John Paulson, the billionaire whose hedge fund is the largest shareholder of AngloGold Ashanti Ltd., said Africa’s largest producer of the metal might increase in value if it were to split in two.
“We are exploring ways for AngloGold to improve its valuation,” Paulson’s New York-based hedge fund said in a year-end report that was obtained by Bloomberg News. “Based on our analysis, AngloGold’s shares could increase in value by up to 68 percent if the company was to split its business into South African and non-South African businesses.”
AngloGold, which is based in Johannesburg, appears to be “exploring options to improve their valuation,” Paulson & Co. said in the report about the firm’s Advantage funds.
Gold Fields Ltd., another South African gold miner in which Paulson invests, said in November it plans to spin off most of its operations in the country. Gold Fields said it will create a new company that will trade in Johannesburg and New York.
“AngloGold could also unlock value if it split into two companies: a high growth international business, and a mature high dividend paying South African company,” Paulson & Co. said.
AngloGold’s American depositary receipts rose 4.6 percent to close at $29.30 yesterday in New York. The ADRs have declined 36 percent in the past 12 months.
“AngloGold Ashanti values the views and feedback from all of its shareholders,” Stewart Bailey, a New York-based AngloGold spokesman, said yesterday in an e-mailed statement. “The board of directors and executive team are committed to maximizing value for all shareholders and consistently look at all options to enhance shareholder returns.”
Armel Leslie, a spokesman for Paulson & Co., said by e-mail he declined to comment.
The New York-based firm, which manages $18 billion in assets, has a 7.4 percent stake in AngloGold, according to data compiled by Bloomberg.
Paulson’s $4.9 billion Advantage funds, which seek to profit from corporate events such as takeovers and bankruptcies, and the $1 billion Gold Fund, which buys bullion-related equities and derivatives, fell last year.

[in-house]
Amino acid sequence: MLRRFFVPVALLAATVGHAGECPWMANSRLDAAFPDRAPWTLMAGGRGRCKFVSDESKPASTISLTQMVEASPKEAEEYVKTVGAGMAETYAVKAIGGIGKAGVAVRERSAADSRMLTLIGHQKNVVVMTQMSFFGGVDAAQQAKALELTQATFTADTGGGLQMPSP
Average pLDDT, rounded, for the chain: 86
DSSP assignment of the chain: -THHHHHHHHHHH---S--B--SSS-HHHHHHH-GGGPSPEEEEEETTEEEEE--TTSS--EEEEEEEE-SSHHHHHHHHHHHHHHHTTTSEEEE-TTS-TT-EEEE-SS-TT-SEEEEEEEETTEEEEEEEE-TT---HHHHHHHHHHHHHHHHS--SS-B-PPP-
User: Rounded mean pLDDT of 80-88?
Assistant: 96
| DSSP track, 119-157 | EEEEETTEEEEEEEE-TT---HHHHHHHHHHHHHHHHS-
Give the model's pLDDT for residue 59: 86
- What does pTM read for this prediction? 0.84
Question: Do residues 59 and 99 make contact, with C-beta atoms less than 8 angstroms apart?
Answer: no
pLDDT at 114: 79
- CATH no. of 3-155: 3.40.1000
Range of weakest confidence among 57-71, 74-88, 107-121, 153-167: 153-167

Paulson’s Advantage Plus fund, which uses leverage to amplify returns, dropped 19 percent on bets that gold stocks would rise and that the European sovereign-debt crisis would worsen, while the Gold Fund slumped 25 percent in 2012.
Gold stocks plummeted 9.6 percent including reinvested dividends in 2012 as investors bought exchanged-traded bullion funds for exposure to the metal’s now 12-year rise, while producers battled surging costs to build and operate mines.
Paulson & Co. remains convinced gold stocks are undervalued and that the metal will climb and protect against rising inflation, according to a year-end report about the firm’s Gold Fund, which was obtained by Bloomberg News.
“We remain positive on the outlook for gold given the magnitude of the quantitative easing programs implemented by central banks around the world,” Paulson & Co. said. “While inflation has been subdued to date, this aggressive expansion of the monetary base creates the potential for future inflation.”
AngloGold, the Advantage funds’ biggest long position, or bet that a security will rise, said last month Chief Executive Officer Mark Cutifani will leave March 31 to become CEO of Anglo American Plc.
AngloGold in November cut its dividend by half and reduced planned spending by $200 million after its South African mines were shut down because of unauthorized work stoppages. It also operates in Mali, Australia, Brazil, Colombia and the U.S.
Cutifani said last year AngloGold had no immediate plans to split the business, an option the company has considered before.
“We have no plans today to split the business but all options must remain open,” he said in a Nov. 21 interview in Geneva. “If at end of the day we can’t get true value reflected for the global mix, then we have to look at all options. We’ve become a global company. South Africa is important, but it’s not critical.”
In October, John Hathaway, managing director at Tocqueville Asset Management LP, said AngloGold and Gold Fields should separate their troubled mines in South Africa from their foreign assets.